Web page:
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Regulation of Rubisco activity in crassulacean acid metabolism plants: better late than never

Lookup NU author(s): Professor Howard Griffiths, Jan Girnus, Dr Wendy Elizabeth Robe, Emerita Professor Anne Borland


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The diurnal regulation of Rubisco was compared for a range of crassulacean acid metabolism (CAM) species in the context of high carboxylation and electron transport capacities, which may be an order of magnitude greater than rates of net CO2 uptake. Early in the light period, Rubisco activity and electron transport were limited when phosphoenolpyruvate carboxylase (PEPC) may have been operating, and maximal extractable activities and activation state for Rubisco were achieved at the end of Phase III, prior to the direct atmospheric uptake of CO2 during Phase IV. The delayed activation was associated with levels of Rubisco activase protein, which reached a maximum at midday, and may account for this pattern of Rubisco activation. This regulation may be modified by environmental conditions - processes that tend to restrict PEPC activity, such as drought stress or incubation of leaves overnight in an oxygen-free atmosphere, release Rubisco from inhibition early in the light period. The quantum yield of light use also tracks Rubisco carboxylation, being particularly low at dawn when PEPC is active. The plasticity in expression of the CAM cycle is therefore matched by the regulation of key carboxylases, with extractable Rubisco activity maximal when drawdown of atmospheric CO2 to cells in succulent CAM tissues is most likely to limit photon utilization shortly after midday, during Phase IV.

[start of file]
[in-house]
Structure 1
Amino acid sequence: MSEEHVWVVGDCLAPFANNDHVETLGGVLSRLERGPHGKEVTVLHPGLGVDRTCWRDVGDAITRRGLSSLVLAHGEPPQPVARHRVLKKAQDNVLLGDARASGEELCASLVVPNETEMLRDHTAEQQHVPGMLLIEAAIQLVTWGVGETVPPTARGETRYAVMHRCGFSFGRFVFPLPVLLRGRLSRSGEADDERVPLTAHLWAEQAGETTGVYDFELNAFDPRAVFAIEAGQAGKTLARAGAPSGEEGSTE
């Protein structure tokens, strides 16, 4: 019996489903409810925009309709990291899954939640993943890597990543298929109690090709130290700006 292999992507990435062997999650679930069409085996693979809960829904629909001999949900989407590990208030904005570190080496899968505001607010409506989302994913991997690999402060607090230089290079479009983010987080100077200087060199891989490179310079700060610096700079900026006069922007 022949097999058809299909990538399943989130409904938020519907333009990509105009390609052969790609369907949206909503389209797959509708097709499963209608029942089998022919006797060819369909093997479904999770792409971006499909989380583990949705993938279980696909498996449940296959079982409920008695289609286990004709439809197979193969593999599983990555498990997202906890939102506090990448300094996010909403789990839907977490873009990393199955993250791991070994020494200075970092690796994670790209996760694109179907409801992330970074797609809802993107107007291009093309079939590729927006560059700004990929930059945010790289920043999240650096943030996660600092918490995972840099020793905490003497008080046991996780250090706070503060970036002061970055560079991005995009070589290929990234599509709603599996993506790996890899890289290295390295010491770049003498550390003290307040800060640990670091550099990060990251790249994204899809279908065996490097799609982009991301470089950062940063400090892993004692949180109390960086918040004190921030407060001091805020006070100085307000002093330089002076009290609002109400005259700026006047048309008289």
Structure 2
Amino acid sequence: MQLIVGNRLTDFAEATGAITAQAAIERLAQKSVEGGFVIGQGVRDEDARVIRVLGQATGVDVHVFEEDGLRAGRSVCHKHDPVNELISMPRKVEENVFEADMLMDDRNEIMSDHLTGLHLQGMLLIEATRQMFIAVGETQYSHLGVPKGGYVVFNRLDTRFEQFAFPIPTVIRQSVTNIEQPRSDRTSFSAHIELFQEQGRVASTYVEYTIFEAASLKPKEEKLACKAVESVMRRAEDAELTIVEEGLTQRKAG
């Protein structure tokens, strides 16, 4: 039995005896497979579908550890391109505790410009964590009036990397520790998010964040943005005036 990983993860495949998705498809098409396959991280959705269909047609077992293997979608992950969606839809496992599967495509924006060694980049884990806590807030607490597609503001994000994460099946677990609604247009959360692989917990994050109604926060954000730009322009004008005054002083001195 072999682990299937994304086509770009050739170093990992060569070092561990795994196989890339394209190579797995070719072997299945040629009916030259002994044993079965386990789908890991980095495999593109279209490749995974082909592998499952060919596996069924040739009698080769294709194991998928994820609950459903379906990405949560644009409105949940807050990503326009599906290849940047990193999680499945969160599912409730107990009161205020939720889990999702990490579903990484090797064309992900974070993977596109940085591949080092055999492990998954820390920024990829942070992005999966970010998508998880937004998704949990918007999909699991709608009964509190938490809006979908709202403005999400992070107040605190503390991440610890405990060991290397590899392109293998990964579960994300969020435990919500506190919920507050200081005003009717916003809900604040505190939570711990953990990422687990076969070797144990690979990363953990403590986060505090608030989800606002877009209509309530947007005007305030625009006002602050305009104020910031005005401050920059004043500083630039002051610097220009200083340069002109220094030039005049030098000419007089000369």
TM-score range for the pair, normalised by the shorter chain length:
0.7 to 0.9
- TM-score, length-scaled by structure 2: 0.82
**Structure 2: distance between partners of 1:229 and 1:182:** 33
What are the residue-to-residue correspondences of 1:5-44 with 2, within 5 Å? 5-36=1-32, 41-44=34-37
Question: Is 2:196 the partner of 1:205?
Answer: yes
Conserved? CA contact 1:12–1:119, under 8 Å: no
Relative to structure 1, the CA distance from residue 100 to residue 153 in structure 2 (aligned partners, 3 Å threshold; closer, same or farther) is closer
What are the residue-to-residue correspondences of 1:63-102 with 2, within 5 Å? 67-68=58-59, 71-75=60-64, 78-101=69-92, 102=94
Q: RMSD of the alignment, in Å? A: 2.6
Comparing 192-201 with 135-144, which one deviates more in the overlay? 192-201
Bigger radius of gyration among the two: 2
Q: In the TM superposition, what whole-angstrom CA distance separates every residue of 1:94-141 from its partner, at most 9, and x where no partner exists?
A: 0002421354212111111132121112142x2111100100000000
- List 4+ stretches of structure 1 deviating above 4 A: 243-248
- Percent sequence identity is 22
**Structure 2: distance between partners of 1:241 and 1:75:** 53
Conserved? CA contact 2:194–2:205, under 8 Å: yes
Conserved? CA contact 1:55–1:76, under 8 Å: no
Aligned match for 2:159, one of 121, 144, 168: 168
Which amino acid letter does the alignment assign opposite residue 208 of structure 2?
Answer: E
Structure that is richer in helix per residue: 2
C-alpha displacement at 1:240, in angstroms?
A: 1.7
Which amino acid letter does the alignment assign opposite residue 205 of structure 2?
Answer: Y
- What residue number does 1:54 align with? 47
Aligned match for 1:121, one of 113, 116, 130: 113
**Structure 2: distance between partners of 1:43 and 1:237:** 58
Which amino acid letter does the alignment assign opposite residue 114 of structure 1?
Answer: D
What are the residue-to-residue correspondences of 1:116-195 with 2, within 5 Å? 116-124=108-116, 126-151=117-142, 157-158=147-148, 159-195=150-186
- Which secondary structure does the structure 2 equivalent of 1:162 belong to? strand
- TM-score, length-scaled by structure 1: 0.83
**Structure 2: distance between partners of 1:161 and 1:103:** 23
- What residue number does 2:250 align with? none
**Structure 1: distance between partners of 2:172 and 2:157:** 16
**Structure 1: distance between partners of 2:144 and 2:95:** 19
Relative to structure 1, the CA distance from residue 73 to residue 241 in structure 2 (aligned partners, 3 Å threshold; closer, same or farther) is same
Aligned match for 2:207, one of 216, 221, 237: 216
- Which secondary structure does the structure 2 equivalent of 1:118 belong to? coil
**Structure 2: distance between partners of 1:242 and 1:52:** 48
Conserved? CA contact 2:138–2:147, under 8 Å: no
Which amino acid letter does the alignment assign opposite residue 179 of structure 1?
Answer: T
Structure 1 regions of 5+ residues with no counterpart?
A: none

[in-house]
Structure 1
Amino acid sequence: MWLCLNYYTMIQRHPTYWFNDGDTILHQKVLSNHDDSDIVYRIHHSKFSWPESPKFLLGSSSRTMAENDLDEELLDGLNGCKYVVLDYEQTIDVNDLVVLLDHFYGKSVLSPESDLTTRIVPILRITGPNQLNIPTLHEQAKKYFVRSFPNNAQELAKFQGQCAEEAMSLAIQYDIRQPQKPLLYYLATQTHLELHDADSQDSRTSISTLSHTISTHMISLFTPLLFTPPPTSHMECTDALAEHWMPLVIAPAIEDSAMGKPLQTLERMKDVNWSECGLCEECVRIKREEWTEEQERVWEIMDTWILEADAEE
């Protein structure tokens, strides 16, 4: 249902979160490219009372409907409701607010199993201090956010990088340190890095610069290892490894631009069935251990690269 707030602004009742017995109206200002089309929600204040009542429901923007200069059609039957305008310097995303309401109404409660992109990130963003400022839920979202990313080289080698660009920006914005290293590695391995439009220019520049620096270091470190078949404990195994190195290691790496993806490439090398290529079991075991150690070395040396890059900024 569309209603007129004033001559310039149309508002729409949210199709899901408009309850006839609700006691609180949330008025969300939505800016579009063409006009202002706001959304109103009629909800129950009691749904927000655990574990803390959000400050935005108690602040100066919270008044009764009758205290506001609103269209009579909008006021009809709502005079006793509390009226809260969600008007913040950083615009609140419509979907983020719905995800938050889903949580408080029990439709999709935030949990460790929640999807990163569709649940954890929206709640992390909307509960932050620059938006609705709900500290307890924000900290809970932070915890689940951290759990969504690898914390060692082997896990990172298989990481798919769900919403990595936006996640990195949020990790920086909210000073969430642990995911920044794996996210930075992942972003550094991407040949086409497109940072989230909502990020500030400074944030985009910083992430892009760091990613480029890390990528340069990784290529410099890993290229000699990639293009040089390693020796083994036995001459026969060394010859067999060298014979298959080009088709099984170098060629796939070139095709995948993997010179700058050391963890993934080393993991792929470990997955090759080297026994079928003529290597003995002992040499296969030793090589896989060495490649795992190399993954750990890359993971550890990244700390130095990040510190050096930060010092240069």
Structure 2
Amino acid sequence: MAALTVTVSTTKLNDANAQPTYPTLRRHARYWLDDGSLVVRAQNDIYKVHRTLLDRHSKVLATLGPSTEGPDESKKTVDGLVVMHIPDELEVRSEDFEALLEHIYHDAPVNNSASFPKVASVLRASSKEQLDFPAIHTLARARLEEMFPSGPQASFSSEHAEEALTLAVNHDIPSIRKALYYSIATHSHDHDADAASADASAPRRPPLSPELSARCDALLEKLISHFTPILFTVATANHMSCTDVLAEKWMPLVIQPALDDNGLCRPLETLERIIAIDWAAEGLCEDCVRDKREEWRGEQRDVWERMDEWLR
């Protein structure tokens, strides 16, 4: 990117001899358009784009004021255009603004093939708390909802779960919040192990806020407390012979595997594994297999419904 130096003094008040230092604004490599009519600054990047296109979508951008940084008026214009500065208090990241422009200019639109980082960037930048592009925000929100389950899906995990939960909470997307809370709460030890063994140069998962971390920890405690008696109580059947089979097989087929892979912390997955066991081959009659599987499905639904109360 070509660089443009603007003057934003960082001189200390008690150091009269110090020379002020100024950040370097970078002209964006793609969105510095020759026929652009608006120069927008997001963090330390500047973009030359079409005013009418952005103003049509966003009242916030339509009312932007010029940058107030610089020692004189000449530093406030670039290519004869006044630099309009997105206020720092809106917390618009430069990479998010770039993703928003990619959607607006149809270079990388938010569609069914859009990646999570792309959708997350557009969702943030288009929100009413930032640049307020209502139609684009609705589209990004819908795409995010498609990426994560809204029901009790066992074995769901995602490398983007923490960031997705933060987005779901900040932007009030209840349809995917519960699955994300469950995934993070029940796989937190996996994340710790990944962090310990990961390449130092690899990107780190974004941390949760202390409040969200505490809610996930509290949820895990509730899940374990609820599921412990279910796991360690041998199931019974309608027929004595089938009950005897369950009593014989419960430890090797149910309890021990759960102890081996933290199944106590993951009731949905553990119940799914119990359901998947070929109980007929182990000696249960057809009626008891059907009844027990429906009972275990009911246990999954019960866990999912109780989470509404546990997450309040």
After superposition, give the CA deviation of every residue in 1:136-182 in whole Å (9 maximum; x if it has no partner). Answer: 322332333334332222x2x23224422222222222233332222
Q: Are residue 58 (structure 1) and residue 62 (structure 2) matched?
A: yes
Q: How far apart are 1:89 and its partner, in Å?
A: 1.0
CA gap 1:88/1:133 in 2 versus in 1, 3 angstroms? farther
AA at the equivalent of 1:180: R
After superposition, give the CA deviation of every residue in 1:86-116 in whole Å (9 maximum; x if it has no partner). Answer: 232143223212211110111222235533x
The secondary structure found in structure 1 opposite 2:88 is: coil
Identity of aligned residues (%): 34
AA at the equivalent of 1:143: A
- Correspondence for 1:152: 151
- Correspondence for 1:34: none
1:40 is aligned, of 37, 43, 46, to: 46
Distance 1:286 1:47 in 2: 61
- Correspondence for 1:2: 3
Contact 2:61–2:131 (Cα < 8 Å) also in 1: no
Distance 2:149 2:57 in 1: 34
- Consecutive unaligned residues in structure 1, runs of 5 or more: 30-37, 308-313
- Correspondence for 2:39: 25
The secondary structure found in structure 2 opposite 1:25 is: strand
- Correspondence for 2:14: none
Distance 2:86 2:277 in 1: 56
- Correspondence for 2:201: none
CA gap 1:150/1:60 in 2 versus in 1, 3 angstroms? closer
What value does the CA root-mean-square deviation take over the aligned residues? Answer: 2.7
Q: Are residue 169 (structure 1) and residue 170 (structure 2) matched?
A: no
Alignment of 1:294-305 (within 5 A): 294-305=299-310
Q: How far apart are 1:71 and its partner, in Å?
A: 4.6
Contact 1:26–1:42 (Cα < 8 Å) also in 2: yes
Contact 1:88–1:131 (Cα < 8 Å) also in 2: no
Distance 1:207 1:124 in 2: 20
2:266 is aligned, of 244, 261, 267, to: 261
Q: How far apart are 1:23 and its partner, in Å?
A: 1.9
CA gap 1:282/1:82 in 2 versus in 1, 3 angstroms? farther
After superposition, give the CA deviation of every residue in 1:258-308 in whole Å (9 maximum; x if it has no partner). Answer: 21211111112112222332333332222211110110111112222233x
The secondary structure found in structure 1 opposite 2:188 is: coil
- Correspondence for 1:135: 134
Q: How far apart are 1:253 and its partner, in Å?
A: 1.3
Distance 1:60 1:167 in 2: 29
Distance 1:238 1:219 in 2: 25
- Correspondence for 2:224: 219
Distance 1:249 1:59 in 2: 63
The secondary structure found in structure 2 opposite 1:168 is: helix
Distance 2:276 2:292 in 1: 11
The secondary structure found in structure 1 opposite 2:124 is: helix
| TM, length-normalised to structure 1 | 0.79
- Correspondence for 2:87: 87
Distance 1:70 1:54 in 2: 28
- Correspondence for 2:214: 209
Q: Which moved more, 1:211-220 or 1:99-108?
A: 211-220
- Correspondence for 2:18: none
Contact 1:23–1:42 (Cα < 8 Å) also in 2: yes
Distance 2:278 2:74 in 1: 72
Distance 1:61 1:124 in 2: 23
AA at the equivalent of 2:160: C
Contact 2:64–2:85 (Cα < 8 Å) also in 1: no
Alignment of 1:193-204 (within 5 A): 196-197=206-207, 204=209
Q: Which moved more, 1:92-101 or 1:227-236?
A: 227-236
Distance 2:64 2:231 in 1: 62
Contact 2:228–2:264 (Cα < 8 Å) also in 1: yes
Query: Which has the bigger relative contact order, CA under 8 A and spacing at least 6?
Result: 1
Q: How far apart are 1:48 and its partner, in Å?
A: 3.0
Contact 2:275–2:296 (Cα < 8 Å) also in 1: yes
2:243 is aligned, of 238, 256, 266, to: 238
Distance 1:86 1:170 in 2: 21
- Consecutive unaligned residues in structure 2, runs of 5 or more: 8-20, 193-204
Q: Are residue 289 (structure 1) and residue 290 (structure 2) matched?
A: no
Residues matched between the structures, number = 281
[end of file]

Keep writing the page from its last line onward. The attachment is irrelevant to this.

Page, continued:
Publication metadata

Author(s): Griffiths H, Helliker B, Roberts A, Haslam RP, Girnus J, Robe WE, Borland AM, Maxwell K

Publication type: Conference Proceedings (inc. Abstract)

Publication status: Published

Conference Name: Functional Plant Biology: 3rd International Congress on Crassulacean Acid Metabolism

Year of Conference: 2002

Pages: 689-696

ISSN: 1445-4408

Publisher: CSIRO Publishing


DOI: 10.1071/PP01212

Library holdings: Search Newcastle University Library for this item

ISBN: 14454416